The use of ideology is vividly expressed in the work depicting Ha Long Bay – one of his favorite works. He recalls it was a special early autumn morning, with a faint misty sunrise. At six o’clock, he rented a canoe to sail around the bay. While passing the “Fighting Cock Islet”, he noticed a fisherman on a traditional Ha Long boat fishing from afar. The shadowy figure amidst the mist appeared like a scene from a traditional watercolor painting. He quickly brought the canoe closer to capture the scene before the fisherman left. Hoang The Nhiem shares that it was a rare moment where there was a perfect harmony of color, misty weather, and the fisherman. Despite returning to Halong many times after that, he has never encountered such an opportunity again.

"Ha Long bay" by Hoàng Thế Nhiệm

A print is the ultimate form of photographic artwork

Having witnessed changes in photography over time, Hoang The Nhiem has seen technological advancements transform the field. He looks back fondly on his early days with analog photography when he meticulously selected photographic films to ensure optimal image quality and adjusted settings for the best composition.

The square format of images remains a favorite of his, which he continues to use. He compares the past to today’s modern cameras, which can do much of the work for the photographer. In the past, photography with film cameras required a certain level of knowledge and expertise. Digital cameras, on the other hand, allow immediate viewing of photos that have just been taken and the ability to delete and retake if unsatisfied. As a result, a culture has emerged in which everyone is a photographer without specific training. This is a positive aspect of digital cameras as it allows for widespread community access and the ability for individuals to capture their own memories without relying on others.

However, this has led to a negative aspect as it has made photography more superficial and subjective. Anyone can think they can shoot like a professional photographer, leading to a saturated photography market. Both viewers and photographers lack the recognition and appreciation for true artistic works. He worries that this leads to the inadvertent devaluing of the depth of the profession and undervaluing the artistry of photography.

In a chaotic market where it’s difficult to distinguish professional photography, Hoang The Nhiem believes that print is the answer. He argues that genuine photography lies in prints rather than on screens or projectors. He asserts that prints can convey the complete message, language, emotions, and depth of the photo that no other device can replace.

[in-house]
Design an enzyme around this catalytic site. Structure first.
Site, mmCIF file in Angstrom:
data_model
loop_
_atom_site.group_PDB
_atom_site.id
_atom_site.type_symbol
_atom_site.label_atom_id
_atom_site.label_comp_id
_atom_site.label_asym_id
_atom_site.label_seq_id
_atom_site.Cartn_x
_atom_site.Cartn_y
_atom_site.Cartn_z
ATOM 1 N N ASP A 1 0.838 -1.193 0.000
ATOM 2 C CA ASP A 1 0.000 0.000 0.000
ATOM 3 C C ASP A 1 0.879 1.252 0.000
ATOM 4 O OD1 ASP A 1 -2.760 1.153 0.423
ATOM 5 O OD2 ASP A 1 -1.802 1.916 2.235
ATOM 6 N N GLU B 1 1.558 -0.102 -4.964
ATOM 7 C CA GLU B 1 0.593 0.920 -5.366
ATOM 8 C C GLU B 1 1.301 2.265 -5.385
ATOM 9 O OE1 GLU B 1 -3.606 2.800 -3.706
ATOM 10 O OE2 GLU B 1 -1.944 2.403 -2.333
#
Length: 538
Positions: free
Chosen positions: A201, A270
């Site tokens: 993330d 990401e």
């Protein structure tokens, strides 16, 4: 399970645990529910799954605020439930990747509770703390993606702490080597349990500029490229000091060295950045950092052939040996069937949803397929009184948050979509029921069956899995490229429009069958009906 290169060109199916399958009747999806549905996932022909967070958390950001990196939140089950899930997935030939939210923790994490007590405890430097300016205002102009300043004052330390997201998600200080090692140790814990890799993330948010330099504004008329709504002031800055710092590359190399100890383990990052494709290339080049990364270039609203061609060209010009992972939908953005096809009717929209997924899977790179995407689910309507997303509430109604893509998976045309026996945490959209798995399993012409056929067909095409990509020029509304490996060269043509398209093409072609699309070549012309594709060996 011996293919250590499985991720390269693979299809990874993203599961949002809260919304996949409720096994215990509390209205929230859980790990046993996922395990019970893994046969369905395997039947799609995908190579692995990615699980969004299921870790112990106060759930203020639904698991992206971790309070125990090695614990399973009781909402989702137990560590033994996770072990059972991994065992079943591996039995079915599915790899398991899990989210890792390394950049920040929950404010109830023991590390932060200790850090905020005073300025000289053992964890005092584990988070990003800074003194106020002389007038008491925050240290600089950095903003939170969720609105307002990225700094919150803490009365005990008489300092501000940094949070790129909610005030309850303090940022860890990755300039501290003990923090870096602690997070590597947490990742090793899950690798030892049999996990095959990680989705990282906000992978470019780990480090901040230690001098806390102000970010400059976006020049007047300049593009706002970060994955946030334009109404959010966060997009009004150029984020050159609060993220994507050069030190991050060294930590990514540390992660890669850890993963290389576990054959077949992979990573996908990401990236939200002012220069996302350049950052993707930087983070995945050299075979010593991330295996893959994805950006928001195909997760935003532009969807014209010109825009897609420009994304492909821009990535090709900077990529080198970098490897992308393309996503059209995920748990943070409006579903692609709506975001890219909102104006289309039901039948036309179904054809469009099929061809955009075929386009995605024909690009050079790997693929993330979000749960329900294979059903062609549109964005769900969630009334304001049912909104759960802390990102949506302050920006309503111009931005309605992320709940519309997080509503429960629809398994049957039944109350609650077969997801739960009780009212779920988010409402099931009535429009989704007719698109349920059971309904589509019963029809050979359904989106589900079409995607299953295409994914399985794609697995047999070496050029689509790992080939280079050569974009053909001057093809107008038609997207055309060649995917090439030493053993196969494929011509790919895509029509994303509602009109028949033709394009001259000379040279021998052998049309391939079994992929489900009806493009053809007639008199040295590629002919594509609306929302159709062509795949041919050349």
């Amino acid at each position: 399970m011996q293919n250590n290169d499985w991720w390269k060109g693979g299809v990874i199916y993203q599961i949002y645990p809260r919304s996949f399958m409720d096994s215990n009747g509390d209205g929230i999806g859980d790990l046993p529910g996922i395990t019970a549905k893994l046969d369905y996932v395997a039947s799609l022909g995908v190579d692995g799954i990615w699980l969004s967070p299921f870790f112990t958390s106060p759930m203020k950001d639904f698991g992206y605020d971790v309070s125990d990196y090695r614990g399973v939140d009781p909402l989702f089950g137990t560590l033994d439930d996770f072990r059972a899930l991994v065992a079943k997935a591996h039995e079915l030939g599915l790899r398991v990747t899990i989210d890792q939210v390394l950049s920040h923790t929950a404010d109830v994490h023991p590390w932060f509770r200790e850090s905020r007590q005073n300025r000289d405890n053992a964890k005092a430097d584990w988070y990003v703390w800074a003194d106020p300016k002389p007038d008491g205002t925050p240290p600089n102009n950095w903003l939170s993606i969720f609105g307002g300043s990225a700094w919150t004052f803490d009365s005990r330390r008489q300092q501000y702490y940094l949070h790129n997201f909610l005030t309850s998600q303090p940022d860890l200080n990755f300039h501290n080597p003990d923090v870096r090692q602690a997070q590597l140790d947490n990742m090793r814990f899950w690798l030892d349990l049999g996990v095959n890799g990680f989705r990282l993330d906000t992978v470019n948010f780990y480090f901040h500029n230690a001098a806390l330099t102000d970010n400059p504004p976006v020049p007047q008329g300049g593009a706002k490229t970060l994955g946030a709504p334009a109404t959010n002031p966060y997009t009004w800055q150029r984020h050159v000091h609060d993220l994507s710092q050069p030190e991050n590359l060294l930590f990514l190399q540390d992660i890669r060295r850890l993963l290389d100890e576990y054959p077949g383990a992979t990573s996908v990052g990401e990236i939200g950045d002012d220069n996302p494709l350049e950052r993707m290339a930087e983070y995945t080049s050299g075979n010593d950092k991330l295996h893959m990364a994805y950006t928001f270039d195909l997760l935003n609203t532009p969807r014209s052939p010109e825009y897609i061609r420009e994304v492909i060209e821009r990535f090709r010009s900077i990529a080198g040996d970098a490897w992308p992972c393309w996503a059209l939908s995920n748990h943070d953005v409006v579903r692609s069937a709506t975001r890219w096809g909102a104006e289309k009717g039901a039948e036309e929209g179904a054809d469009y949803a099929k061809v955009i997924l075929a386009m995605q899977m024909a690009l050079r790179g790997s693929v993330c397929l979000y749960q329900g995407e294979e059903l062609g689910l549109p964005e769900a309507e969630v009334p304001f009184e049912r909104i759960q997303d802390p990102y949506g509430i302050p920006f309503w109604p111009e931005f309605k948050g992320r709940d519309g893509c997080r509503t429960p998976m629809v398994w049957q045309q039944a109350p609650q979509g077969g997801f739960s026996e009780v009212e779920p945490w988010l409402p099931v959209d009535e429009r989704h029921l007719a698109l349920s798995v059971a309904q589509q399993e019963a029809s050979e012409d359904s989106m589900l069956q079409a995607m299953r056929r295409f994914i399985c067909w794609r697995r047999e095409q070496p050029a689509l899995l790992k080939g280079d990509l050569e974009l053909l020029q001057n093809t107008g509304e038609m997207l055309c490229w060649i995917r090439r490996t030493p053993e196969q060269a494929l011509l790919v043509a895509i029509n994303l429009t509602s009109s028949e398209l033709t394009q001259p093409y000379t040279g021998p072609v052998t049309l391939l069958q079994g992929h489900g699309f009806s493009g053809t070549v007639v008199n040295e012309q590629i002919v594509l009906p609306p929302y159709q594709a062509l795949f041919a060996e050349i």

For Hoang The Nhiem, creating prints is an essential part of photography because what the artist sees and the camera captures may not always translate onto paper. Thus, photographers must adjust the entire process of taking photos, from techniques and lighting to color, to perfect the final product before printing. Based on his own experience, he hopes that photographers will print their works to study and be proactive in each creative stage, opening up a more accurate interpretation of the photographic visual language.

He also expresses that inspecting prints is reserved only for true artists who focus on expertise and practical experience. For common people, distinguishing between prints can be challenging due to a lack of fundamental knowledge in the field.

"Ancient Village" by Hoàng Thế Nhiệm

Look beyond the overall beauty to see the subtle uniqueness

As a landscape photographer who frequently travels across the country, Hoang The Nhiem is deeply concerned about the rapid changes in natural landscapes. Many beautiful and pristine scenes are being sacrificed for economic development and improving people’s lives.

In his eyes, this is a struggle for survival between humans and nature in modern times. Through the lens of photography, this conflict evokes strong emotions in viewers, becoming a source of inspiration for artists but also causing great sadness. He only hopes to find a harmonious balance to preserve these resources for future generations.

Hoang The Nhiem advises exhibition visitors to consider and imagine the amount of effort invested by photographers – from the process of image creation to printing and displaying at exhibitions.

It may seem simple at first glance, but it requires a lot of dedication, technical skills, and experience of the profession. Therefore, the audience should keep an open mind, letting go of their preconceptions about beauty in general, especially the overall beauty, to appreciate the subtleties and special beauty expressed by the author’s soul through their photographic works. It’s precisely that which affirms the power of the language of photography: providing rich perspectives on the same reality we’re living in.

Writer: Liên Võ for Hoa Ta
Editor: BB Trương

Interview video with Hoàng Thế Nhiệm

Purchase the artist's prints via our online store